32-bit Card Action

I feel like every 90s kid should know about Omega Virus in some fashion.  A staple in the genre of cyber-punk, WarGames-style gaming: Omega Virus had players collecting weapons and keys to stop an AI Computer virus from taking over the space station that the players are stationed in.  Players will race to reach the center to defeat the Omega Virus, but only one player can win, or all can lose.  Just don’t hit the wrong button:

(credit: Funhaus)

But the Omega Virus franchise has laid dormant for almost 30 years, only leaving behind a documented memory of what was in a bulky, well-tailored board game experience.  Emerging from the depths of the darkest corners of the ship in which it came comes a new beginning for Michael Gray’s electronic vision.  Omega Virus: Prologue is tight, fast, 2-player card-based action for those looking for a bite-sized piece of nostalgic fun.

Two players battle by building rooms with cards displaying random quadrants of three different colors.  Cards are held face down and flipped from the top of your deck to reveal their colors.  They can be placed adjacent to other cards so long as they connect with a similar color, and they can also overlap cards while following the same rule.  Cards can be covered ¼, ½, or fully depending on what is needed.  Your purpose of these rooms is to create a particularly crafted room of a single color to collect that color’s key card.  These key cards are given random combinations that resemble awkward looking Tetris pieces but can be difficult to complete in a pinch.  Once you have that key card, color cards that have been denied access are now available (these cards are sent to the bottom of your deck if you don’t have the key card to use them).  Once all key cards are unlocked, three pieces of critical equipment (split amongst 6 cards) must be combined together in your floor plan to escape and win the round.

Games span three rounds, and winning the round grants you Speed Bonus Points (+1, +2, +3 respectively per round) as well as side objective points for doing specific actions (three +1 bonuses given each round).  Side objectives and key card activation blocks are shuffled and reset every round to provide a fresh challenge each time.  The player with the most points after three rounds is the winner.

This sounds like a lot to juggle, and it can be at the start!  OV: Prologue manages all this mayhem with only 18 cards per player.  To help with re-coordinating floor plans, players can pick up used cards but only if they are not under other cards and removing the card doesn’t split the floor plan in two.  These cards roll back into the bottom of your deck but you can pick up as many cards as you see fit.  You’re ultimately trying to link your three pieces of critical equipment while also trying to win as many side objectives as possible: ranging from biggest room, widest room, most rooms of a specific color, fewest rooms, etc.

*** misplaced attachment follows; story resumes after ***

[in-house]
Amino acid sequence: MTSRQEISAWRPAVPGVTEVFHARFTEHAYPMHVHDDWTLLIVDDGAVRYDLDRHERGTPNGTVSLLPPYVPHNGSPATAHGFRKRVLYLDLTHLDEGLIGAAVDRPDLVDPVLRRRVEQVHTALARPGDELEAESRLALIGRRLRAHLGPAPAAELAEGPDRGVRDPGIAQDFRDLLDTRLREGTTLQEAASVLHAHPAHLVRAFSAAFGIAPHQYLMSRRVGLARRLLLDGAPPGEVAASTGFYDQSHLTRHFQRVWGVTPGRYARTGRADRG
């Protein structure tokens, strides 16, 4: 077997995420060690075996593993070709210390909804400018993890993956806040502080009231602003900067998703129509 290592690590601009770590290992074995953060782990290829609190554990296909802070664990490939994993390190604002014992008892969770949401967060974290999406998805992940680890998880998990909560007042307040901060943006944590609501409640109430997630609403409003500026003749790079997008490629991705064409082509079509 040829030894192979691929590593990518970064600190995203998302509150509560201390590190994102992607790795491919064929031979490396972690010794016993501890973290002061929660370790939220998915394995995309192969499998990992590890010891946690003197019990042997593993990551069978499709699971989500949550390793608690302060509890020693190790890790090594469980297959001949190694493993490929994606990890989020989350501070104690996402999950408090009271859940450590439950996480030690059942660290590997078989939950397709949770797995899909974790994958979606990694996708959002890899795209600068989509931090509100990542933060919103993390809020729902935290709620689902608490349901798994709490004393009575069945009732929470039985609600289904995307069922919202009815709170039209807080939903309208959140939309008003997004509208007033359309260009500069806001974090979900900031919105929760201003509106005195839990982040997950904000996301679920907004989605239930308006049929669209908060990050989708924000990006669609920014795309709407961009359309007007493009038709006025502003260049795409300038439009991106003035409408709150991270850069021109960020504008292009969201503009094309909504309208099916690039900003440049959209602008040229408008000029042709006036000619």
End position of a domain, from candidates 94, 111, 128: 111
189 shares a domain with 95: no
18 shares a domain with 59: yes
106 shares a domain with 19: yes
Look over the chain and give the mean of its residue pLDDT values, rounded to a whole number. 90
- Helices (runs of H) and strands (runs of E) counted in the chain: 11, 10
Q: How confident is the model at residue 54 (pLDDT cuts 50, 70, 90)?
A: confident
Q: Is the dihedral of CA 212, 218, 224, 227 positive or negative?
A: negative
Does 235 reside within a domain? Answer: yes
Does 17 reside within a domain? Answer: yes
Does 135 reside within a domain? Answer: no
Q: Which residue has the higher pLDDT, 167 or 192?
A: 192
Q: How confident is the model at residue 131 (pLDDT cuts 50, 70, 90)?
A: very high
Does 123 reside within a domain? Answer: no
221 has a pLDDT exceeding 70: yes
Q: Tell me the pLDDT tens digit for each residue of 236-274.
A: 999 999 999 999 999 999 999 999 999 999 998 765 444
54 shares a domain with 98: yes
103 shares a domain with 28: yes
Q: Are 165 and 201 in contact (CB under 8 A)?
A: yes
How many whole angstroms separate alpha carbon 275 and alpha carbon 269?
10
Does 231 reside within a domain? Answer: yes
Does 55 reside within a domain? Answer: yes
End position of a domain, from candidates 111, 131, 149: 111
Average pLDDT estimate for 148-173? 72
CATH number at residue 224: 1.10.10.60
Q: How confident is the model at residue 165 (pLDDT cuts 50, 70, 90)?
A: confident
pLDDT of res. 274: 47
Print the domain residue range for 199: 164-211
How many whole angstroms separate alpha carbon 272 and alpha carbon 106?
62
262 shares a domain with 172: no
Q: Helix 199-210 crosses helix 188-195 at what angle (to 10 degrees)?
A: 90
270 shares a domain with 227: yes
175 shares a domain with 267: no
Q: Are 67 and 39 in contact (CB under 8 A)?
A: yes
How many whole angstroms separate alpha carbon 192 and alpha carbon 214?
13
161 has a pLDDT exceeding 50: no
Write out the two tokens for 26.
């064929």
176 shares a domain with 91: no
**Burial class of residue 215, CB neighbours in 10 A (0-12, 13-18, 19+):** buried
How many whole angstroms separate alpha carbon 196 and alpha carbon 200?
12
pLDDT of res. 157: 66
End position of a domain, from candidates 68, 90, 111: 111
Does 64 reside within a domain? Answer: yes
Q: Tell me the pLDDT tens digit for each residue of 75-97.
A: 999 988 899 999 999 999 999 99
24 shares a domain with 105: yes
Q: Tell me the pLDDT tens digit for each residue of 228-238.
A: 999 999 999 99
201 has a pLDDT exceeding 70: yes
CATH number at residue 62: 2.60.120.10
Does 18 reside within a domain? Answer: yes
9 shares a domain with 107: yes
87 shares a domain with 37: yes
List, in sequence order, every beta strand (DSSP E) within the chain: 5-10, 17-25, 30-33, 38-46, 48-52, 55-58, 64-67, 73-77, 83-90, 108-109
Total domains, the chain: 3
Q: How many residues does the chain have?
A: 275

The gathering of points in this matter provides options on how to manage your floor plan.  Do you go for the ever-growing Speed Bonus points by being the first to finish, or do you plan for the extra bonus points?  Do you counter with blistering speed to stop your opponent from coordinating their plan, or fumble with the fact this is all happening in real time and your opponent is probably thinking the exact same thing?

I decided to take on ReviewBot™ (Patent Pending) for a few rounds.  Each round was a tense endeavor as your rooms of random colors must quickly pattern to unlock the rest of your hand while strategically setting your foundations for possible bonus points.  A few rounds stumbled and fumbled to one of us winning the round since we found our critical equipment absolutely buried in our rooms with half our floor plan needing to be picked up to regain win-ability.  Even rounds where I got fleeced in I managed bonus points since ReviewBot™ was so enamored in finishing their critical equipment and paid no mind to the bonus point objectives.

The duality of this is that how the first two rounds start can completely change how the late game is managed.  If a player dominates the first two rounds, even with a lead of 3 going in, the late game for that player becomes “Kiss my ass I’m making equipment” and the gargantuan task of winning the Speed Bonus while simultaneously hitting all side objectives is nearly impossible.  With all the side objectives only being +1, it hurts the late game as comebacks are few and far between.  But in the same breath total beatdowns are hard to get as well, so you earn the ability to ruin the end of the game for both players and I kind of respect that.

Coordinating speed and skill with multiple objectives, dealing with a human-version of the game Perfection working against you over three rounds, and it all happening in 2-4 minute chunks is a pretty impressive feat.  While the Omega Virus flavor and influence are at La Croix levels, this lean card game is a blast to play with its ability to provide variety in each round and nail-biting tension circumvented only by how fast and well you plan your moves before time eventually runs out.

A copy of this game was independently purchased for review.